That's a good point. Maybe we could stop producing new axle standards for a year and spend some time working on a system that lines up headsets in the frame and steerer/stems on the bike. It's so silly to have to eyeball these things.
Appreciate you mentioning where they are all manufactured. It's high time we started considering that more.
This level of precision is why I'm here.
I've solved it by generally not standing around for too long. But if we do I slide them right down my nose to let lots of air flow. Luckily they're decently vented and are clear moments after I get going again. Definitely the first glasses I've had that fit well and generally very manageable for fogging.
Plus actually try them on. I had a pair of Smith glasses that fit great and over the summer I had a crash where I banged up my nose and after that the glasses never fit right again. I had a slight change to the width of the center of my nose the glasses would only fit above this new notch (too close!) or below (too far!).
My S2s do really well. If I stand around too long sure they fog up a bit but under use they've been great.
Quality eye protection is a must! I do a lot of dumb stuff every day but riding without glasses is not one of them. Admittedly it took a while to find some that I liked, had great optics and good fog performance and then even longer to agree to pay for them. But I've worn them on every single ride in the last few years and wouldn't think of going out without them. For me it was 100% S2s but whatever works, use them.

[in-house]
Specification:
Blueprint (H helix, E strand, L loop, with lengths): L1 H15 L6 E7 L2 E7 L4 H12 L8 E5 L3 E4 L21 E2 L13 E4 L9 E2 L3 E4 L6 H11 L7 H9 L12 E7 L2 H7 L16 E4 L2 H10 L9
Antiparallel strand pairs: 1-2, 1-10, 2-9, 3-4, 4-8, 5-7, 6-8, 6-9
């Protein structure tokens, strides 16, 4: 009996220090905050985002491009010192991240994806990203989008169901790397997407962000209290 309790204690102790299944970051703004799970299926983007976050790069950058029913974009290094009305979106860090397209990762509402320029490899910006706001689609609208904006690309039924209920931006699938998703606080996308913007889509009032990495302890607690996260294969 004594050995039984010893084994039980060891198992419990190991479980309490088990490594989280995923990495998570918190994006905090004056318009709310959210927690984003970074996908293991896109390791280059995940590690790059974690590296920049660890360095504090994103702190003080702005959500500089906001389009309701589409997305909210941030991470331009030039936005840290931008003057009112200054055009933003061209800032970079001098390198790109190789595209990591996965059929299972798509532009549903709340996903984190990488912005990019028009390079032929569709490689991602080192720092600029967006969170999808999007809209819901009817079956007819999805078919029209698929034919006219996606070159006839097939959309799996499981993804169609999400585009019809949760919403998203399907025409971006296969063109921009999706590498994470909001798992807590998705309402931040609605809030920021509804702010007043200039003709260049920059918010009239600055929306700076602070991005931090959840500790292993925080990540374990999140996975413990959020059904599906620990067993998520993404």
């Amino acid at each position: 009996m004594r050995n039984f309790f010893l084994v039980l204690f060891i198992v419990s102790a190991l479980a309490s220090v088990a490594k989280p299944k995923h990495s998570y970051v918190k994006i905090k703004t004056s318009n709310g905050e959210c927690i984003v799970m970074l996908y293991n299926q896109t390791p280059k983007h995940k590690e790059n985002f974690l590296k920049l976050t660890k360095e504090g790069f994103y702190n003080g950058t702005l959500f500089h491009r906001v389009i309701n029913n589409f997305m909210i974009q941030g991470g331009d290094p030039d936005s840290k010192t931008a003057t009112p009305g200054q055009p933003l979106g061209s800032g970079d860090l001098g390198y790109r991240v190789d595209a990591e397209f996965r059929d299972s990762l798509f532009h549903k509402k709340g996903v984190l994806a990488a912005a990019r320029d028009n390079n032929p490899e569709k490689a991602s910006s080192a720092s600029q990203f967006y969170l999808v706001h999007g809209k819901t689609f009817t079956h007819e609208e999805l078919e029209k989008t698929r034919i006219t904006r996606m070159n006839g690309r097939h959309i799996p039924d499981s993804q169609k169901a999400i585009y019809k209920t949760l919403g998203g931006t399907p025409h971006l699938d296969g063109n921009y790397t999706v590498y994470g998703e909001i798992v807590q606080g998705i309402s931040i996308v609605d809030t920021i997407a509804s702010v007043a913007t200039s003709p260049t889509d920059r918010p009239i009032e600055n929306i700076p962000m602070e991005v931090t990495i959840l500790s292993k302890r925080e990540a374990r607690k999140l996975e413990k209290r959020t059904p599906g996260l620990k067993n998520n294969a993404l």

Does anyone who has been riding for more than say, 10 years, really want a bike with internal cable routing? Is a cable-less bike a thing many experienced riders are striving for? I guess we will just wait for AXS brakes.
Interesting. I have Ventures in the 40mm variant on my bike and I have a real love-hate relationship with them. Those squirrelly little spines are super flexible and are terrifying to lean on for road cornering, off road too TBH. They are great on wet gravel. I can't wait for the weather to improve so I can swap them for something else.
I heard a roadie say "you can always tell a mountain biker because they only ever ride the hoods". I started immediately trying to use the flats and drops more. I ride the flats most of the time now.
I'm with you on that. My gravel bike is a lot like Cooper's Bjorn. It's basically 90s 71-73 geometry but with 1x and road bike everything else and biggish tires (though not nearly as big as some I've seen). I love the places I go with this bike. Tying together points on the map, mostly connecting urban green spaces with gravel and parks. But my limit is way closer to the road than trail. As soon as it's much rougher than basic gravel I start whining for my other bikes. Besides I ride my gravel bike to spin out and roll around my thoughts and I can't do that when I'm getting banged around. I have mountain bikes for that.
I've recently come to accept that beyond this bike is hardly the terrain that demands my 160mm enduro rig. I really should dial up my hardtail to cover this kind of riding :)
Every reader of this fine website probably does research like this a couple of times a year. It's kind of amazing actually.
If you're going upgrade from the standard Avid Centerline rotors (1.85mm) to the new Avid HS2 rotors (2.0 mm) I'm thinking I may as well go to the TRP R1 (2.3mm). If we're splitting hairs I want it all: 220mm rotors front and rear and max rotor thickness.
If you try other tires and under the same conditions you can't get them to turn as well, roll as well or offer comparable traction, even after a reasonable amount of experimentation with pressure, sealant and body position/technique. Then yeah, if you've changed nothing else, it's the tires. The scientific method my dude.
I so strongly disliked those Michelins, they're now on my backup bike, the one I never ride. And at this point there is zero reason to spend $100+ to prove you right or wrong. If anyone's found non-Maxxis options that work well for them then ride them!